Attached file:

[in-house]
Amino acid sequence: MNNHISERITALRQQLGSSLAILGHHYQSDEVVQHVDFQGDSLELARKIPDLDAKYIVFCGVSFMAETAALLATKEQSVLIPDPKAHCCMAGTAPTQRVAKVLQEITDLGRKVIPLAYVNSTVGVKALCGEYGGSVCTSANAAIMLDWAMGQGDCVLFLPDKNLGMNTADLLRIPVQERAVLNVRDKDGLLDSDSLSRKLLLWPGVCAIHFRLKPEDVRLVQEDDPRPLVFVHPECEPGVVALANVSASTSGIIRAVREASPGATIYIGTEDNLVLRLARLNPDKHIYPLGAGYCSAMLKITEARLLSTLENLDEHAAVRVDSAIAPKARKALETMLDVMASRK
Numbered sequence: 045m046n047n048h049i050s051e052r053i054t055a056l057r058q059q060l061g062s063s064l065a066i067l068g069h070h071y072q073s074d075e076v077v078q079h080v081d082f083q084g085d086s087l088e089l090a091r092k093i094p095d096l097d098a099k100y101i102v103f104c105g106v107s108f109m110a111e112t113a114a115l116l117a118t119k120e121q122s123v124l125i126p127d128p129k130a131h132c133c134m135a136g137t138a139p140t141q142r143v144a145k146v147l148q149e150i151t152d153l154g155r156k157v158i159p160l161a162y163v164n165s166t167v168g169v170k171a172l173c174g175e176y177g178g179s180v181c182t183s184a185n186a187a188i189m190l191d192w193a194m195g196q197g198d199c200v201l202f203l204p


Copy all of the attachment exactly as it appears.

[in-house]
Amino acid sequence: MNNHISERITALRQQLGSSLAILGHHYQSDEVVQHVDFQGDSLELARKIPDLDAKYIVFCGVSFMAETAALLATKEQSVLIPDPKAHCCMAGTAPTQRVAKVLQEITDLGRKVIPLAYVNSTVGVKALCGEYGGSVCTSANAAIMLDWAMGQGDCVLFLPDKNLGMNTADLLRIPVQERAVLNVRDKDGLLDSDSLSRKLLLWPGVCAIHFRLKPEDVRLVQEDDPRPLVFVHPECEPGVVALANVSASTSGIIRAVREASPGATIYIGTEDNLVLRLARLNPDKHIYPLGAGYCSAMLKITEARLLSTLENLDEHAAVRVDSAIAPKARKALETMLDVMASRK
Numbered sequence: 045m046n047n048h049i050s051e052r053i054t055a056l057r058q059q060l061g062s063s064l065a066i067l068g069h070h071y072q073s074d075e076v077v078q079h080v081d082f083q084g085d086s087l088e089l090a091r092k093i094p095d096l097d098a099k100y101i102v103f104c105g106v107s108f109m110a111e112t113a114a115l116l117a118t119k120e121q122s123v124l125i126p127d128p129k130a131h132c133c134m135a136g137t138a139p140t141q142r143v144a145k146v147l148q149e150i151t152d153l154g155r156k157v158i159p160l161a162y163v164n165s166t167v168g169v170k171a172l173c174g175e176y177g178g179s180v181c182t183s184a185n186a187a188i189m190l191d192w193a194m195g196q197g198d199c200v201l202f203l204p